John Warner's debut novel begins with the title character (only ever known as the Funny Man) on trial for manslaughter. This is a celebrity trail, the trial of the year, maybe even the decade! Did this famous comedian who used to do that funny thing with his hand really shoot that guy dead in that alley? Why? And was he ever that funny, anyway?

Seamlessly moving back and forth between first person and third person narration, Warner does a good job of spoofing celebrity, and all its pitfalls, obse
...more
Marc
A comedian is on trial for murder, but his real issues go deeper. A mind-bending satire on celebrity and its discontents. Favorite quote: “What most people don’t understand about dreams is that they can look a lot like reality.”

Also, I wonder which comedian different readers have in mind when they read this novel. I kept picturing Louis CK.
Bubba
i liked funny man by john warner. it was a good and fun read to red during some down time. i liked how the author wrote it in first person of the funny man during the trial to show what he does and thinks during it. then he switches to third person so you can view the funny mans career as a comedian. this book gives a good insight on the life of a comedian and the trial precess. the book is a good read for people interested in comedians and the criminal process. i really enjoyed reading this boo ...more
Elaine
Satirical, often absurd, often funny, and sometimes poignant evocation of the nature and effects of the celebrity culture. A seemingly light-weight story, engagingly told. The talented narrator of the audiobook renders perfectly the voice of the Funny Man (who is never named) and assorted other characters---handlers, fans, phantasms---and pulls the reader into the unreal reality of sudden fame. Perhaps not a great book, but clever, insightful, enjoyable, and, in many ways, eye-opening.
JoLynn
I won this book through the Goodreads First Reads Program

A well-written satire on becoming famous and what happens afterwards. The main character goes from struggling comic and devoted husband and dad to self-centered superstar - and then beyond. The book is spot on and snarky about the path upwards to fame, but becomes even more interesting after it all starts to inevitably fall apart. If you like some sarcasm and social commentary with your humor, you should enjoy this book.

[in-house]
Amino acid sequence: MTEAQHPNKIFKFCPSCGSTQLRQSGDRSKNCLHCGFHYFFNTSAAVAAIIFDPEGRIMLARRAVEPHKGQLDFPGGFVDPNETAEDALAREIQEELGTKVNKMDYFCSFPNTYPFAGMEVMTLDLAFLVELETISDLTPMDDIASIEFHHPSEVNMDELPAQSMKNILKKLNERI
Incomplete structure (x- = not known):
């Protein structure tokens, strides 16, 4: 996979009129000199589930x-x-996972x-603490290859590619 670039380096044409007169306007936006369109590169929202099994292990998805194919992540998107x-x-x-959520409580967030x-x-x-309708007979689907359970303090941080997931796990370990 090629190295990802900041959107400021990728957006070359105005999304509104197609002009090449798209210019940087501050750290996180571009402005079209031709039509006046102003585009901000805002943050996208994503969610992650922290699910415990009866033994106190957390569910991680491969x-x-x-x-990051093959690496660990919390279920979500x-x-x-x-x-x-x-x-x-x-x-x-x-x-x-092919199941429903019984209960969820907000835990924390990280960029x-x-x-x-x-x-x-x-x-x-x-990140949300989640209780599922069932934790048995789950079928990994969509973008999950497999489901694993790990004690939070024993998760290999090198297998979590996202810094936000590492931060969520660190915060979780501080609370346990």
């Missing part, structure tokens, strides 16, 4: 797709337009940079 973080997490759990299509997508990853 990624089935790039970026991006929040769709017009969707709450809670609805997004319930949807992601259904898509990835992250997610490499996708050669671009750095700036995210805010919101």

Drew
I really had fun with this book. It goes quickly and gets a bit odd - but it's a wonderful debut from an author who I've been waiting see a debut from since I first encountered his work some years ago. And I've been hearing about this book since I started following the Tournament of Books, so I'm thrilled to've finally had it in hand. It's a good read - and I can't wait to see what comes next.

James
A satirical novel about celebrity culture. The title character is an unnamed comedian who, more or less accidentally, becomes a huge success before becoming a spectacular failure (divorce, addiction, manslaughter). The book is funny, sometimes very, but also sometimes strained in its humor. Celebrity culture is a fat target for satire, and this book does it well.
Amber
The Funny Man by John Warner is at the same time a very funny novel and also a very sad novel. The Funny Man is the story of a comedian who becomes very famous and successful because of a stupid gimmick But the suddenstardom is not all smooth.Warner is a very gifted writer. He shows that this story can be everyone's story.
Kristin Boldon
Bought this at an indie bookstore, because it's by John Warner, a writer at the site Morning News and the one who does the fun event Biblioracle there, then passed it on. More dark than funny, and with a complex, thought-provoking ending.
Martin Maenza
For my review please visit my blog: Martin's View: The Funny Man.
Shauna
Funny! A cautionary tale, featuring mystery, romance, and auspiciously malleable anatomy.
David
Mar 08, 2013 David marked it as to-read
I do not miss the chance to read a book about stand-up comedy....
Catgirl (in Perth)
Catgirl (in Perth) marked it as to-read
Jul 10, 2014
Corinne
Corinne marked it as to-read
Jun 21, 2014
Trish
Trish is currently reading it
Apr 16, 2014
Maura Pozek
Maura Pozek marked it as to-read
Mar 31, 2014